Feature

History of advertising: No 159: Ray Rubicam's Steinway ads

"Our job is to resist the usual," Ray Rubicam once said.

History of advertising: No 159: Ray Rubicam's Steinway ads

And there was much that was unusual about the way he went about his work in advertising.

He was the first creative to found a major agency when he and John Orr Young set up Young & Rubicam in 1923 – a time when agencies were sales-led operations.

Y&R was very much Rubicam’s creation. It embodied his belief that the combination of copywriting and art direction to create outstanding advertising is what drove business. From the start, Y&R treated creative and account people as equals. 

Having worked briefly as a newspaper reporter and, later, as a car salesman, Rubicam thought advertising could best accommodate his talents for writing and selling.

Interestingly, it was one of the most unpromising of advertisers, Steinway & Sons, that made his name. His work for the upmarket piano-maker defined his philosophy that the way to sell through advertising was to "mirror the reader to himself and then show him afterwards how your product fits his needs".

Rubicam had been given the Steinway account when he arrived at NW Ayer & Son. Although a prestigious client, Steinway was distasteful of advertising and did little of it.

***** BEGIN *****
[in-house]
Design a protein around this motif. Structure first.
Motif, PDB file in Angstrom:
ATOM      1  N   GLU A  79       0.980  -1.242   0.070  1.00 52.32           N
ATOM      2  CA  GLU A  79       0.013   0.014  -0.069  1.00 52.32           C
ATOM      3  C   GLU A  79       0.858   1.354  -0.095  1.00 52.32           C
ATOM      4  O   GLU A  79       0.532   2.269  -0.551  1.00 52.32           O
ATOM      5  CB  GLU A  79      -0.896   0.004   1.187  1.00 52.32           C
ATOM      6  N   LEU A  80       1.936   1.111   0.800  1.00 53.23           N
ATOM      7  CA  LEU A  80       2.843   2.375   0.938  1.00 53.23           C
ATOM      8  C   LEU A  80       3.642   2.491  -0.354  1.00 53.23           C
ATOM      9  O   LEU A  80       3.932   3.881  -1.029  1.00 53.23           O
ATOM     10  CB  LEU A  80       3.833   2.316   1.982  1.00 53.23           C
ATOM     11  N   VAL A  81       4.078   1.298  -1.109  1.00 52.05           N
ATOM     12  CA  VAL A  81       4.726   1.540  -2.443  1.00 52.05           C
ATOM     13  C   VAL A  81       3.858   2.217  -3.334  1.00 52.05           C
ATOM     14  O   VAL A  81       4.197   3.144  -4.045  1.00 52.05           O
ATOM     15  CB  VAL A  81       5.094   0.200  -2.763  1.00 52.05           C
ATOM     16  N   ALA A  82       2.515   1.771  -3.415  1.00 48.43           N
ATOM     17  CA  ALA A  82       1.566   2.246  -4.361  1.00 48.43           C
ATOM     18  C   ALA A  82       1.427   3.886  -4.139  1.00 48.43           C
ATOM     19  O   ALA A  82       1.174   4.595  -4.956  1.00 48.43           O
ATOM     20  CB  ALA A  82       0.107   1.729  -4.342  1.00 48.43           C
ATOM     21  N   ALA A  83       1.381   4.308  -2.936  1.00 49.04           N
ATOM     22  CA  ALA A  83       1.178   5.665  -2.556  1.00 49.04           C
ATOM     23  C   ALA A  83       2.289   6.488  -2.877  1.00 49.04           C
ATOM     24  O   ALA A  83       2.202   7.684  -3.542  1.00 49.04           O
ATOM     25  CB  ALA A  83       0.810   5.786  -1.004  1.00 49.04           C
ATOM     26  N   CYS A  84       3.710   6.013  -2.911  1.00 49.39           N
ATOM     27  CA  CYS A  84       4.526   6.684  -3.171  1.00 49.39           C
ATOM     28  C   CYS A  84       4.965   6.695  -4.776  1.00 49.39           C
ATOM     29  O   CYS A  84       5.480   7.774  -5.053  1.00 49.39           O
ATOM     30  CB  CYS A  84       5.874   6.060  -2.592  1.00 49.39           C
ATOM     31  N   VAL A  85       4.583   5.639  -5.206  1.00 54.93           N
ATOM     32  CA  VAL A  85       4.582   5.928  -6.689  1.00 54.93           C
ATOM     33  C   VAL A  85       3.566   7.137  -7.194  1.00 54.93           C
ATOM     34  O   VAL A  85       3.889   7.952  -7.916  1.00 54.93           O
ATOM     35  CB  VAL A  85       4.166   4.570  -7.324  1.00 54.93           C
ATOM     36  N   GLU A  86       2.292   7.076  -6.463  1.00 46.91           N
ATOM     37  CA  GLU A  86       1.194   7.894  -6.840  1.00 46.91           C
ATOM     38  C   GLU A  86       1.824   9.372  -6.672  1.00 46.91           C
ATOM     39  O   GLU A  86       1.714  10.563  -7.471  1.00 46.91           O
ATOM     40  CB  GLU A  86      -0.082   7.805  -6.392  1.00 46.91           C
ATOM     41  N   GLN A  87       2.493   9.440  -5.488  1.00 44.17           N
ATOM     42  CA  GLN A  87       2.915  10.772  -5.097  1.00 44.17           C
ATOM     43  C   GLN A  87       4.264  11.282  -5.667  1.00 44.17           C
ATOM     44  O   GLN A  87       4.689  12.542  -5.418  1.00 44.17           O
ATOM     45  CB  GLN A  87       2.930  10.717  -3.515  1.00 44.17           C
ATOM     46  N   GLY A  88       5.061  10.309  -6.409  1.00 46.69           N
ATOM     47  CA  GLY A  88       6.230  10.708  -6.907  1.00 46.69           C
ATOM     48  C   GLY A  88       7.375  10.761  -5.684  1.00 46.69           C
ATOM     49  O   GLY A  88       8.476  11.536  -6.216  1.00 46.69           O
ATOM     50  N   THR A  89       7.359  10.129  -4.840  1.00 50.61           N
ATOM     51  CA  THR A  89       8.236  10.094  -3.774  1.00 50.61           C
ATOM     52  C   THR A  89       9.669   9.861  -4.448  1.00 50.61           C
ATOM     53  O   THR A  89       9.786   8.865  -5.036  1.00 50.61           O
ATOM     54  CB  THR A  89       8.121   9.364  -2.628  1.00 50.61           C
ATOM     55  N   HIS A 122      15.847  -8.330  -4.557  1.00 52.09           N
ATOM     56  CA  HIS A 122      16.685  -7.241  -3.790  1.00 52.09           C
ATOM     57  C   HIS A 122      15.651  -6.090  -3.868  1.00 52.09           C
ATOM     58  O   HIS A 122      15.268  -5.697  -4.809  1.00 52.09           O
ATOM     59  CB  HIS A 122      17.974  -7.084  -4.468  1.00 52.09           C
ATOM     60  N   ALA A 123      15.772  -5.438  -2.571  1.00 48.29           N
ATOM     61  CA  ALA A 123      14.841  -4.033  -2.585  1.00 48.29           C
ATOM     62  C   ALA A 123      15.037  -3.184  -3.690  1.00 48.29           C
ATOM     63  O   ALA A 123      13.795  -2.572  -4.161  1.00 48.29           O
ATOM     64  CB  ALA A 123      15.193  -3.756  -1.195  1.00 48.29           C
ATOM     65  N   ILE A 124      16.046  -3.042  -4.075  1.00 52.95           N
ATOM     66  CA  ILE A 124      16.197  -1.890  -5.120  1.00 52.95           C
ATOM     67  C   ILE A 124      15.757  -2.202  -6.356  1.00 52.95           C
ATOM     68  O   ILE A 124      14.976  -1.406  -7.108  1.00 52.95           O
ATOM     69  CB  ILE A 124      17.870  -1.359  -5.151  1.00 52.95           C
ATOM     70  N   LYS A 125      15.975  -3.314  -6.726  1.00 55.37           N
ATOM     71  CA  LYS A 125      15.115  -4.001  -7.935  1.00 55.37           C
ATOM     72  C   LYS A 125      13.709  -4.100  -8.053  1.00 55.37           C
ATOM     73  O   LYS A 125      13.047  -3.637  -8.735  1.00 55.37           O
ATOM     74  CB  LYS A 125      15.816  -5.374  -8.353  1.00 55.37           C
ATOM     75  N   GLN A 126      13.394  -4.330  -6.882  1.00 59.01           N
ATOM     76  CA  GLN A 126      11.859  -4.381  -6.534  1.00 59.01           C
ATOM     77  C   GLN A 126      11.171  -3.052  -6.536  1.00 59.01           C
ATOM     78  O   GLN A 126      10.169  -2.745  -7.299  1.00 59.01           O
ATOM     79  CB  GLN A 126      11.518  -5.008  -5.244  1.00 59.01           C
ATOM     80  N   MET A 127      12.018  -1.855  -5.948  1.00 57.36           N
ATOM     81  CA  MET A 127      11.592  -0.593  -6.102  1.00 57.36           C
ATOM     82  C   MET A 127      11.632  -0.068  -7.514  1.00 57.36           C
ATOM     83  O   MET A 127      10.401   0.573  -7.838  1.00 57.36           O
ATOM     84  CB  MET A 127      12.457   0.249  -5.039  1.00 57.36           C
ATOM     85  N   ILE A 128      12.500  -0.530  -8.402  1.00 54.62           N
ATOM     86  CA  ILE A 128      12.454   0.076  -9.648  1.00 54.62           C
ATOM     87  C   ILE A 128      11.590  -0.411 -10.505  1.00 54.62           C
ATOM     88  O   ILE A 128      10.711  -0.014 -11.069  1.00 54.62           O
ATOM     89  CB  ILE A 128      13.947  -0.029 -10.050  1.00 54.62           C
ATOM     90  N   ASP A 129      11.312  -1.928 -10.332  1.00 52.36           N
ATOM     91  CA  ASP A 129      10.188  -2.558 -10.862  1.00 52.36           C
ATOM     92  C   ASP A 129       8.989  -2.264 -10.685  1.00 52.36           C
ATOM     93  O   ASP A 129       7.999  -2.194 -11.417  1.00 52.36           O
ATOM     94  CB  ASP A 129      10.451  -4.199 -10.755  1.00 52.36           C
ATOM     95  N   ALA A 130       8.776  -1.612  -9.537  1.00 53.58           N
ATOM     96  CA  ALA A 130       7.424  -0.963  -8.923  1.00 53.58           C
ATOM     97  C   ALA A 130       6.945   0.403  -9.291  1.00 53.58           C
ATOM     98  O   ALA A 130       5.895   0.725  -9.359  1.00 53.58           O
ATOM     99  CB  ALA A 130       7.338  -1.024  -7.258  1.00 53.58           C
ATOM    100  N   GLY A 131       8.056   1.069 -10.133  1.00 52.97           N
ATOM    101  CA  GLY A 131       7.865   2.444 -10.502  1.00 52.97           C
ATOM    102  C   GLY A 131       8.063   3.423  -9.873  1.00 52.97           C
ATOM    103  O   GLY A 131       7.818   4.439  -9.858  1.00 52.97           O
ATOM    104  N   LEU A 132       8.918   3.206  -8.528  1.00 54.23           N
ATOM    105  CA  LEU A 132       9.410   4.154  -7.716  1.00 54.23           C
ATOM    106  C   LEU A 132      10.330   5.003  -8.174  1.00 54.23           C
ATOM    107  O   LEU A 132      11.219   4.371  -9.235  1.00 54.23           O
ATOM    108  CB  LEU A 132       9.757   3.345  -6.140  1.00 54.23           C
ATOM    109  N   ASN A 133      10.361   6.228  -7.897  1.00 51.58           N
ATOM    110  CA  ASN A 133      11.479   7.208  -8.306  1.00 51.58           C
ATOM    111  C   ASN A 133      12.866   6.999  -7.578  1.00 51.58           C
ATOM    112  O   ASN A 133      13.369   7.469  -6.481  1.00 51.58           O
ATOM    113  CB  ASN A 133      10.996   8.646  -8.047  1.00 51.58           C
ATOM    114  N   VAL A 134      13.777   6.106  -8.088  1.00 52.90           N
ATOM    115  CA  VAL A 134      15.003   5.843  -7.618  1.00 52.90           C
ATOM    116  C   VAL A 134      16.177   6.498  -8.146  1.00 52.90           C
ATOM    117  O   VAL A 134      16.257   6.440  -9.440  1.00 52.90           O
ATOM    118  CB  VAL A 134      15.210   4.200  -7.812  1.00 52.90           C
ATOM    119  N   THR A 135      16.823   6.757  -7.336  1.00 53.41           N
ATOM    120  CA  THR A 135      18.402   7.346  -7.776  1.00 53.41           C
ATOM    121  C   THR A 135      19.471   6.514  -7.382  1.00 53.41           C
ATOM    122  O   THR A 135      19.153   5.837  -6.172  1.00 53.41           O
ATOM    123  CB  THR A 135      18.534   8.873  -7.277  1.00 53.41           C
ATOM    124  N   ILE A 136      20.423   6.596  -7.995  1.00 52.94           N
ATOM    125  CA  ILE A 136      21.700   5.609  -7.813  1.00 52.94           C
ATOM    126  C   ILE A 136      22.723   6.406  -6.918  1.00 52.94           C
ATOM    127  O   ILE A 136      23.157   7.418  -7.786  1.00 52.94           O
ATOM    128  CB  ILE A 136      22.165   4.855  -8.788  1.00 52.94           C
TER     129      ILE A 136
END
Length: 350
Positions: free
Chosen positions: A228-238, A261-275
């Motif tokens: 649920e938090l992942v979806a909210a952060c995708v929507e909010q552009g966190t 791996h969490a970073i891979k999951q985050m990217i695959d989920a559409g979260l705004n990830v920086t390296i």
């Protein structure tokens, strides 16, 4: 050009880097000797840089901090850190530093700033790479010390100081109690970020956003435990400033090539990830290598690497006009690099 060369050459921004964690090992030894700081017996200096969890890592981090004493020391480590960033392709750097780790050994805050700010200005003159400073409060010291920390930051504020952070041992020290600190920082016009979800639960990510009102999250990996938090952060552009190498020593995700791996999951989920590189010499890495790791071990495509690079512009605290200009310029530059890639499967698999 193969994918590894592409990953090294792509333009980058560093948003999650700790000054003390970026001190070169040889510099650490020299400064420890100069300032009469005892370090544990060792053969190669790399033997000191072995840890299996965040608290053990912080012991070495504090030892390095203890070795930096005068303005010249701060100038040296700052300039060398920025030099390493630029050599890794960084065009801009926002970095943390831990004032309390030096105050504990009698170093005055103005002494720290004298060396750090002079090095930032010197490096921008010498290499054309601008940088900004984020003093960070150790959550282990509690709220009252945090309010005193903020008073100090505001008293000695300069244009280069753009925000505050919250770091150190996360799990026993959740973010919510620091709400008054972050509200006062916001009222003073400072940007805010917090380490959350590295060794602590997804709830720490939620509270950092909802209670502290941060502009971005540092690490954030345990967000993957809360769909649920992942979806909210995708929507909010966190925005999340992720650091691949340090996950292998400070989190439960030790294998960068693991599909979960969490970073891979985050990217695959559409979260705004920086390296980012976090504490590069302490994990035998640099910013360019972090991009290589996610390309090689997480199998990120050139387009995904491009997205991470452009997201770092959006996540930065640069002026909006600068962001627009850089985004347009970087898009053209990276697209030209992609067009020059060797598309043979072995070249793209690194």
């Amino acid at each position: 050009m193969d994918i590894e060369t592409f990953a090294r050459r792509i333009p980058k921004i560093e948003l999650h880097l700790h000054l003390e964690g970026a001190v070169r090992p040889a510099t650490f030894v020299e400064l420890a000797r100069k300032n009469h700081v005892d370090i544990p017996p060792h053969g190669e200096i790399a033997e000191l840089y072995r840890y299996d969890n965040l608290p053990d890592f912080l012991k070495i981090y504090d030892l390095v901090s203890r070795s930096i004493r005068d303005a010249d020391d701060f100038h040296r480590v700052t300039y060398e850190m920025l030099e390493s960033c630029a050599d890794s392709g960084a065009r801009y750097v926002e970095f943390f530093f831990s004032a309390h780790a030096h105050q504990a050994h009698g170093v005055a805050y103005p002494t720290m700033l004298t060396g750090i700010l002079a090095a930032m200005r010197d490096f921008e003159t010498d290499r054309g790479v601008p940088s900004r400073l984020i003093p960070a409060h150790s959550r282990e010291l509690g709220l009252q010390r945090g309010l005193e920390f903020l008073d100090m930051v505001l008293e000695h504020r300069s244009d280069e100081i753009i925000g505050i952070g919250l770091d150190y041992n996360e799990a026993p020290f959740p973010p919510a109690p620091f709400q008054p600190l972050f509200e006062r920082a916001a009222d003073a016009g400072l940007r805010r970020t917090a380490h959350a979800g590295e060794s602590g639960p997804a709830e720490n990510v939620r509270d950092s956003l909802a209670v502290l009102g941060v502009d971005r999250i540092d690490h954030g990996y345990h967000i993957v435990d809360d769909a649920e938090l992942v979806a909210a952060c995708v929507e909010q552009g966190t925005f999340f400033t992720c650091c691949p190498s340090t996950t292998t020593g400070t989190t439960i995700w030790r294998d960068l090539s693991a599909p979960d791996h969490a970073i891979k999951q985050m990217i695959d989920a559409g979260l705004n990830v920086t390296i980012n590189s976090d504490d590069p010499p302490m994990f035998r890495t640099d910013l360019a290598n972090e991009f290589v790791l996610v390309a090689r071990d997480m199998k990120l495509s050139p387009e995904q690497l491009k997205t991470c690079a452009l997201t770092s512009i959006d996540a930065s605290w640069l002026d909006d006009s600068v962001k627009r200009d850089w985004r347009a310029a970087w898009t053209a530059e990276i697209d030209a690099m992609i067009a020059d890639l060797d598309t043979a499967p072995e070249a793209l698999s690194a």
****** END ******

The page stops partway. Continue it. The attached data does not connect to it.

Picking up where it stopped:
Rubicam took a consumer-oriented approach. His research found that its pianos had been used by almost all of the greatest pianists and composers since Wagner.

This provided the inspiration for an ad featuring a Franz Liszt-type figure playing a Steinway – the first of a long-running campaign under the theme "The instrument of the immortals". 

The execution helped boost Steinway sales by 70 per cent and is regarded as one of the most effective ever written.


Things you need to know

  • Steinway initially baulked at Rubicam’s "The instrument of the immortals" slogan but was persuaded to run his ad once. It led to an immediate rise in sales.
  • The company’s success was further boosted by Rubicam ads pointing out that its pianos could be bought on hire purchase and promoting free recitals at Steinway’s New York offices.
  • Rubicam retired in 1944 and spent the next 30 years as a property developer.